To celebrate the beginning of 2017 (some say the end of 2016), I will participate on Saturday, January 7th to a conference in Groningen (The Netherlands) called “a future without the NAM“. The focus will be on the potential remunicipalization of the gas utility (the NAM), which is exploiting the huge gas field under the province of Groningen and presently belongs to Shell and Exxon. The goal of remunicipalizing it would be to stop the gas extraction, which provokes a collapse of the ground and severe damages to houses and infrastructure. I will be intervening in the session on international alternatives and will be presenting the framework of energy as a commons and two examples of remunicipalization processes in Hamburg and Berlin. You can follow the session on the live stream of the Facebook page of the Transnational Institute.
The conference is a very interesting one (and it is not only the geologist in me who speaks!), from several points of view.
The Groningen Gas Field, Dutch disease and extractivism
First of all, the Groningen gas field exploitation has been at the same time a blessing and a curse for the Netherlands: providing cheap and abundant energy to the population but making them dependent on it and cutting on all other sectors. This case has even be described as “the Dutch disease“. It is also the (all too classical) story of a province that should be rich from all the resource but is actually the poorest of the country. Which, as can be seen worldwide, is the story of extractivism from a private operator. The population of the province is left with a collapsing ground (basically, the balloon that is being deflated), thousands of superficial earthquakes that provoke tremendous damages and underground water problems. Discontent is growing, people feel left out, elections are approaching: this is a nasty mix and it is time to act.
See this story telling from Kor Dwarshuis to get more insights
A case for remunicipalisation
The proposal of a consortium of political parties and activists from various horizons (I am always amazed at the consensus power of Dutch politics) is to remunicipalize the NAM (Nederlandse Aardolie Maatschappij – Dutch oil company) in order to regain control over the gas extraction and eventually bring it to zero.
To my opinion, and seen from the commons perspective, it is a good idea: the only way to force the transition out of the gas field is to shortcut the profits and internalize the externalities. This means that as soon as the gas field belongs to the Dutch Government, it will be held responsible and accountable for the damages. Second it means that profits will flow in the State’s pocket, which will create the capacities to finance alternatives. And finally, as we saw already, energy treated as a commons stops the race to maximize the profits towards a fulfillment of people’s needs. It will therefore create good conditions to save energy, which is what is foremost needed.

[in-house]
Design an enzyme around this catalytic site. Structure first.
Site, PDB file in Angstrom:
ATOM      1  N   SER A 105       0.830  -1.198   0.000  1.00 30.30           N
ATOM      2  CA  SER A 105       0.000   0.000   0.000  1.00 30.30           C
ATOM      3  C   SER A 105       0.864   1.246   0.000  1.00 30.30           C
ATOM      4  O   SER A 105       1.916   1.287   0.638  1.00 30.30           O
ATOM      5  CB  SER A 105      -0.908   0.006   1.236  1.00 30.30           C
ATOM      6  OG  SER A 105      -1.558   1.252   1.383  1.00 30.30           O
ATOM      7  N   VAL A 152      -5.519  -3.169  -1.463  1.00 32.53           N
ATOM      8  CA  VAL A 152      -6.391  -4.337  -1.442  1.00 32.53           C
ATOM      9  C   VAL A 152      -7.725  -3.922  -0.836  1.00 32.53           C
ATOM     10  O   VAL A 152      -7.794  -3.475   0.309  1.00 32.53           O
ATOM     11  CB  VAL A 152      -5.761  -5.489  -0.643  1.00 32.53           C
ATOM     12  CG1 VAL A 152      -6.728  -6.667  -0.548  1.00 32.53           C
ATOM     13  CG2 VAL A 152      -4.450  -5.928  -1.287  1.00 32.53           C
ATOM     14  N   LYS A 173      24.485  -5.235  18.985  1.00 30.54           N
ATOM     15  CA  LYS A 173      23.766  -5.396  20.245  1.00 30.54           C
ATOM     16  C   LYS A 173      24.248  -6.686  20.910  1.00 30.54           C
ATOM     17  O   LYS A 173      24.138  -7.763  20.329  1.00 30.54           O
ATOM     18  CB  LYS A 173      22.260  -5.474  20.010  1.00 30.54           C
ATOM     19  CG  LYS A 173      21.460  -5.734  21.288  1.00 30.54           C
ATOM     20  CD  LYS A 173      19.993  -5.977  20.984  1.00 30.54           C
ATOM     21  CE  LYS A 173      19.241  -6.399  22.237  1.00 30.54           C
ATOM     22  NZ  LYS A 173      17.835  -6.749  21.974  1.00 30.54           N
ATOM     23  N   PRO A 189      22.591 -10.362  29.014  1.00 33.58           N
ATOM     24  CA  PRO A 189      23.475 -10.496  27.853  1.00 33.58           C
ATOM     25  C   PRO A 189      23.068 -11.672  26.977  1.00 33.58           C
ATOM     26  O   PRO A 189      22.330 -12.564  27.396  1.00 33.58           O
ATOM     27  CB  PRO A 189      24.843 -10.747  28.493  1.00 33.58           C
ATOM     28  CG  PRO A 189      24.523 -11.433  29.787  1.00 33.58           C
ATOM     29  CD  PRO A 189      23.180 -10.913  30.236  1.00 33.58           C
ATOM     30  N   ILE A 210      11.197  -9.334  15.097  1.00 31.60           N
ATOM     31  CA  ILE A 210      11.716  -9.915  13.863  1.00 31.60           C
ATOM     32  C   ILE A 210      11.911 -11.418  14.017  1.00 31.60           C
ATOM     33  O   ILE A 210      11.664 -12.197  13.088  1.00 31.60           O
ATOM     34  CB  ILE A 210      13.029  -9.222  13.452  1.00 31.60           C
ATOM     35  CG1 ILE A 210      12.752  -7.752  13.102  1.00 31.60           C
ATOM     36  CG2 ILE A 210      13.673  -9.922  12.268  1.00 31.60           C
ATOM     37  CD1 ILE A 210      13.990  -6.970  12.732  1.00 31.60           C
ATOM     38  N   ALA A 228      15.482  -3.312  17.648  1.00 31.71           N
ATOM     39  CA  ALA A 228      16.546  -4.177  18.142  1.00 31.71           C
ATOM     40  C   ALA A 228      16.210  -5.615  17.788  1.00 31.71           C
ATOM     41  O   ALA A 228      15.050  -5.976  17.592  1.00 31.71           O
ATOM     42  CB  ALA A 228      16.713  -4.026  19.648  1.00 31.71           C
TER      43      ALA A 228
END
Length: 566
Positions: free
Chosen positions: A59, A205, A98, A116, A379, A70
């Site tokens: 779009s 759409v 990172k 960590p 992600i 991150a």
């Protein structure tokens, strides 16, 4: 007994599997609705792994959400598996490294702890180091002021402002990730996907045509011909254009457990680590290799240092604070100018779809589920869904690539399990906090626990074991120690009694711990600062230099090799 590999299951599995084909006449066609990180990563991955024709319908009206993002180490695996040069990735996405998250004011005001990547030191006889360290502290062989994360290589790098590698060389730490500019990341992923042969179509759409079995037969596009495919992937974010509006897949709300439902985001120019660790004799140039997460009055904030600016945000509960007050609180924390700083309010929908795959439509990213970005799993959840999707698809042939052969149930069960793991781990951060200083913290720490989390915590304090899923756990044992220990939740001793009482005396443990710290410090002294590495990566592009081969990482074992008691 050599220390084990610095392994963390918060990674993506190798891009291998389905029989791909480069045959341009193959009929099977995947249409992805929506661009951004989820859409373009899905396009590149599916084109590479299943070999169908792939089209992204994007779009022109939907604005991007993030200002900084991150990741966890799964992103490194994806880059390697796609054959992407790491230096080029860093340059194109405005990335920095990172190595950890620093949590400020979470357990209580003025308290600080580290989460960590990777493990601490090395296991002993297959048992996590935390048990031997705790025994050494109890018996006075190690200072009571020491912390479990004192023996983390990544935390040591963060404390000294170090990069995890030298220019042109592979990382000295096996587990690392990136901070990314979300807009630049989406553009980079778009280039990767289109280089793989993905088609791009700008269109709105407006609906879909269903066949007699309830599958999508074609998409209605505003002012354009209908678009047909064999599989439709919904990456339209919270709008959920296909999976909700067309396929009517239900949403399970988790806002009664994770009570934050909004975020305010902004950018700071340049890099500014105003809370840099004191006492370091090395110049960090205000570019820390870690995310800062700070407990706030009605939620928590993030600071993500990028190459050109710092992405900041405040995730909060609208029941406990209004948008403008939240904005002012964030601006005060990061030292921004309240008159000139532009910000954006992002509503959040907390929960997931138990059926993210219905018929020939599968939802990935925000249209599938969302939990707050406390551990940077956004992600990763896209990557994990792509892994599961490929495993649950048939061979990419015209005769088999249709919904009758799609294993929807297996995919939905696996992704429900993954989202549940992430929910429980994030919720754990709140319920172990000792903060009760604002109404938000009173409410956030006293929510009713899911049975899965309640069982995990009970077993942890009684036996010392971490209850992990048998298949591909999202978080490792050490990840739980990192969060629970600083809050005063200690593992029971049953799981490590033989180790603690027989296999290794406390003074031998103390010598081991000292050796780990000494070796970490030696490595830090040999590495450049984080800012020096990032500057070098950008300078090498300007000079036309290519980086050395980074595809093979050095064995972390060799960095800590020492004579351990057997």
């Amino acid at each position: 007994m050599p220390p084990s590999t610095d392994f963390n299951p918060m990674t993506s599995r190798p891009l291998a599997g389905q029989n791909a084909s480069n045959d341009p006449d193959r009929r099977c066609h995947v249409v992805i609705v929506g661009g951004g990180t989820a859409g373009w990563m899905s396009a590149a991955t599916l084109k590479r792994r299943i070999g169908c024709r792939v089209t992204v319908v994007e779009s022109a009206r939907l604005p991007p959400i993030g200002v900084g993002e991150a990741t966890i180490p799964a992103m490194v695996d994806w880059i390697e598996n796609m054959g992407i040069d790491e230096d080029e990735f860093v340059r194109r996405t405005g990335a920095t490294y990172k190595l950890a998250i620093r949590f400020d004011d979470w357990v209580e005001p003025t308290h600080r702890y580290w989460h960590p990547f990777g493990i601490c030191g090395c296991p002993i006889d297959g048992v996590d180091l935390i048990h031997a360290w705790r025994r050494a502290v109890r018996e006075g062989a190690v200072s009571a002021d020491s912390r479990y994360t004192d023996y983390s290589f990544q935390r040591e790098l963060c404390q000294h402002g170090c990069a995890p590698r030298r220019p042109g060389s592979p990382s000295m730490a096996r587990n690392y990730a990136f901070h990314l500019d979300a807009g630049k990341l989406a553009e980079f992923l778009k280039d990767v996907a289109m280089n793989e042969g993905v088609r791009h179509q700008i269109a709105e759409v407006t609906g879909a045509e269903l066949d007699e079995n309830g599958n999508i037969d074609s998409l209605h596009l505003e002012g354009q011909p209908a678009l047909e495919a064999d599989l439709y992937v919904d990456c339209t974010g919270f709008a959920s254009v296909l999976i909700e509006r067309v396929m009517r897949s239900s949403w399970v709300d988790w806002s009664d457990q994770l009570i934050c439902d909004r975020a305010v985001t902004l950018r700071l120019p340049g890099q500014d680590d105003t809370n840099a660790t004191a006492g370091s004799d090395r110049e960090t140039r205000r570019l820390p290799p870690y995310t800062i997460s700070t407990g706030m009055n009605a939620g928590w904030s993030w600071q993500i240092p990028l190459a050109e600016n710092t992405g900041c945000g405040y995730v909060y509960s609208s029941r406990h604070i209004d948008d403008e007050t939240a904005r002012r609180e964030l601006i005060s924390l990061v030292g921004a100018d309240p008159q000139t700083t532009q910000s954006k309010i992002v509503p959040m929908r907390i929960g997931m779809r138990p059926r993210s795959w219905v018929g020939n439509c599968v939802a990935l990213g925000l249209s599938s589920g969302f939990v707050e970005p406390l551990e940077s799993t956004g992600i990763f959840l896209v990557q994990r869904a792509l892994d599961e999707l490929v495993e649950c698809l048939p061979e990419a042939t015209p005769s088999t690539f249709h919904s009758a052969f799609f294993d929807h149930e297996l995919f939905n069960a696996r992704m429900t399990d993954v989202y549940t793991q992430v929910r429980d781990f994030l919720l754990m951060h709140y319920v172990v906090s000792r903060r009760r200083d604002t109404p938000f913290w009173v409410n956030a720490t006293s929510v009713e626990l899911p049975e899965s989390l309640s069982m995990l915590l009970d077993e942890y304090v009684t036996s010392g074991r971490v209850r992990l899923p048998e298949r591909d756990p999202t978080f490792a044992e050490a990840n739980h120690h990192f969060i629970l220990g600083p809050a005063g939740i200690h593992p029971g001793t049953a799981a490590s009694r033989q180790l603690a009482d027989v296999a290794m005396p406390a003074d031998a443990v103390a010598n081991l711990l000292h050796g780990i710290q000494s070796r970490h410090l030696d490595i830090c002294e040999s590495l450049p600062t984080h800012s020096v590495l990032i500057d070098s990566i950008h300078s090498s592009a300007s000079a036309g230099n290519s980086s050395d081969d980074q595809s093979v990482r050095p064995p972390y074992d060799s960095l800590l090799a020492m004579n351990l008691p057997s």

I also hope that such a proposal might focus the anger and turn it into a positive game changer.
Session and presentation
My talk will take place within the second session “International issues and solutions” , from 13:30 to 15:30.
Purpose: Where are energy production and use democratized? Are there examples where the interests of the people and their safety are paramount? Looking into civil society’s efforts to move beyond gas. Identifying progressive energy proposals and policies abroad and the growing call for energy democracy.
Frida Keiningen, campaigner Food & Water Watch
Cecile Blanchet, researcher Commons Network
Kahra Wayland-Larty, campaigner Global Justice Now
Daniel Chavez, researcher Transnational Institute
Summary of my presentation:
The talk will consist of two parts. I will first introduce the concept of energy as a common good and the reasons as to why it is important to look at energy from that angle. It allows to understand the inherent problems associated with treating energy as a commodity: make profit instead of fulfilling people’s need; reduce our control on energy production and prices; incentivize production (to increase profits) and prevent saving it.
I will then present the two main forms of energy systems that arise when energy is treated as a common good: cooperatives and municipal utilities. I will focus here on the second and will use two examples in Germany: Hamburg and Berlin. In these two cities, people have initiated movements to re-municipalize the energy networks (electricity, gas and heating) that had been fully privatized in the 1990s and 2000. In Hamburg, the referendum was successful and the network have or will be bought back by the municipality and are operated by municipal utilities. Unfortunately, the cooperative model (where users are also decision makers) has been left out of the governance scheme. In Berlin, the referendum failed but a new system of alliances between civil and private partners is developing. New developments are also expected from the red-red-green (SPD-Die Linke-Die Grüne) coalition recently elected, who supports the remunicipalization process and more open governance modes. These two examples are very informative on the combined roles of civil society and the political arena to reach these goals.
I hope that you will follow this session online on the Facebook page of TNI!